Amazon marketplace experts Daven Brodess and David Brodess of DTC Retail share essential tips to maximize sales on your Amazon site.
Amazon is by far America’s biggest online marketplace. It’s roughly 5x the size of eBay and 30x the size of Walmart.com, Esty and Wish combined. But tales of rouge sellers, excessive fees, and a capricious, all-powerful Amazon algorithm abound online and in corporate marketing departments, causing many brands to be wary of selling on Amazon. That said, we all know that “show-rooming” (the practice of checking Amazon pricing and reviews while in a retail store) exists and that the social proof provided by good reviews on Amazon can be a superpower for category-leading products.
Amazon’s leading role in America’s e-commerce ecosystem is undeniable. How does a brand utilize the Amazon platform to perform its magic so that it benefits rather than irritates? So that it supports brand voice and objectives? So that it supports multi-channel distribution? Today we discuss five key drivers of success on Amazon in practical ways that can be benchmarked against your current practices or utilized when you launch new products or brands.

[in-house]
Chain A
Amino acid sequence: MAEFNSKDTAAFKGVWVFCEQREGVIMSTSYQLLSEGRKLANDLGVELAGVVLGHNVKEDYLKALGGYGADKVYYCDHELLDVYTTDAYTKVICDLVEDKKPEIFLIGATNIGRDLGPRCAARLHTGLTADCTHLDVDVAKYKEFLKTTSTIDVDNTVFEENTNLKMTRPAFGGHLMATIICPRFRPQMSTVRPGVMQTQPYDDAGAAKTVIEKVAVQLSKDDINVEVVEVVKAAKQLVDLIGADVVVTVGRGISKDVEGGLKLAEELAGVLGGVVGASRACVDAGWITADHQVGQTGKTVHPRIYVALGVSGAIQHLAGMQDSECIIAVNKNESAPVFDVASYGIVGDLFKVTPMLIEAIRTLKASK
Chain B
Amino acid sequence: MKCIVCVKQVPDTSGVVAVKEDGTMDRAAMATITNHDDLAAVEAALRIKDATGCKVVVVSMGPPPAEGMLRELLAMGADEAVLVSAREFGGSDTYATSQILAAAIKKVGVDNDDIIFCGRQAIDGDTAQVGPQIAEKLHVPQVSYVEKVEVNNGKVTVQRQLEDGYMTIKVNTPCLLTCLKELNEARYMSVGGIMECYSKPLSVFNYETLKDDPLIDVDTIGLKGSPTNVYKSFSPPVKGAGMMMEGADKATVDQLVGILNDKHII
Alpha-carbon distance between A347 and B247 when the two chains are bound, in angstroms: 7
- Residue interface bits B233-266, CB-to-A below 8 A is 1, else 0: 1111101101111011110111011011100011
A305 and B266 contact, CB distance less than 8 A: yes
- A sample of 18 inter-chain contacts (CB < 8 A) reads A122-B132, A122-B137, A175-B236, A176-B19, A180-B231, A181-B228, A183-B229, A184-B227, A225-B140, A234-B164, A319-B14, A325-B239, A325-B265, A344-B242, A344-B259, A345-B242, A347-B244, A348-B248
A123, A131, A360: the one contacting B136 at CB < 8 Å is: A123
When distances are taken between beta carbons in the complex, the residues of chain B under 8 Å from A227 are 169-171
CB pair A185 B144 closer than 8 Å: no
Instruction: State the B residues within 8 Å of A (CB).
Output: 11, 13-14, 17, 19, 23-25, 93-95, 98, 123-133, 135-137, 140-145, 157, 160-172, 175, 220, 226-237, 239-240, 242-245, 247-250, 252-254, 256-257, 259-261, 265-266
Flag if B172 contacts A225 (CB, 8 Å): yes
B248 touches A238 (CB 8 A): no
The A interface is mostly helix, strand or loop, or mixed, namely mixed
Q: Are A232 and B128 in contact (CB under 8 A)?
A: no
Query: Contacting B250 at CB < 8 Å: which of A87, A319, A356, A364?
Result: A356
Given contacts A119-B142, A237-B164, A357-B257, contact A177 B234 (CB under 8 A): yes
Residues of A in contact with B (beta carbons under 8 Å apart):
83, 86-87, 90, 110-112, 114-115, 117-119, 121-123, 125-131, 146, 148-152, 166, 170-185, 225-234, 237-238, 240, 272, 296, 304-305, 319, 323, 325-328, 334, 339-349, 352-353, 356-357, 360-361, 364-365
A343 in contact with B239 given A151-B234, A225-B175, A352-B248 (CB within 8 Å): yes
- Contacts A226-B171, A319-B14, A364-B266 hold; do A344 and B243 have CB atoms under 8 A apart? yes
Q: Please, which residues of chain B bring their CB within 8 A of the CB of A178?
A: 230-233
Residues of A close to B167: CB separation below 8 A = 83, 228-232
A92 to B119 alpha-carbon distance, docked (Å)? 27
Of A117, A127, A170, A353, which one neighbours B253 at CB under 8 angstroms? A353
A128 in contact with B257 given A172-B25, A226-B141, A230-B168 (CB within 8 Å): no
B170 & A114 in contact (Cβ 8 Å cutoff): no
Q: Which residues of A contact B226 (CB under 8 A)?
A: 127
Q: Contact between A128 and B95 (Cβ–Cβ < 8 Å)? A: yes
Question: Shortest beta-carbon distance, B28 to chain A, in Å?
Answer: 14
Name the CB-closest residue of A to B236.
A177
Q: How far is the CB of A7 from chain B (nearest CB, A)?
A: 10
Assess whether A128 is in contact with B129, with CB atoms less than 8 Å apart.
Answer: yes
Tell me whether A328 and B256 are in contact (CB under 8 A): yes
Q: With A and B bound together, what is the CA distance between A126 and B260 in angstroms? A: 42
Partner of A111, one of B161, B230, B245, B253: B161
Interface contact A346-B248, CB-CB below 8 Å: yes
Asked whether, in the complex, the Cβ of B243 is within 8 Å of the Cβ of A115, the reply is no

Conversion is King
People often wonder why their products aren’t “showing up” higher in search results, what it takes to get on “page 1”, or why competitor products are being advertised against their own products so prevalently. The answer is usually driven by Amazon thinking that these other products are a better fit for shoppers. At its core, Amazon’s goal is to sell more products and build its customer base. For this reason, the platform and algorithms that drive search and discoverability of products are—above all—built for volume and sales. In practice, this means that Amazon tends to highlight products that have high conversion rates, a track record of historical sales, and good reviews.
While every financial advisor will be quick to remind you that “past performance is not indicative of future results”, on Amazon it’s a big part of it. The “trick” is to convince Amazon that your products will convert better and are more worthy of a page view than a competitor’s product. To do this necessitates having strong detail page content that effectively communicates key product and brand messages, an overall offer—including price and shipping speeds—that is competitive relative to the competition on Amazon, and a history of reviews and social proof that provide backing to the veracity of all the above. Small improvements matter and tend to be exponential, such that an item converting at 15 percent will get a multiple of more sales than the same item converting at 10 percent.
All of this begs the question: how do you do this?
Write Human-Focused Content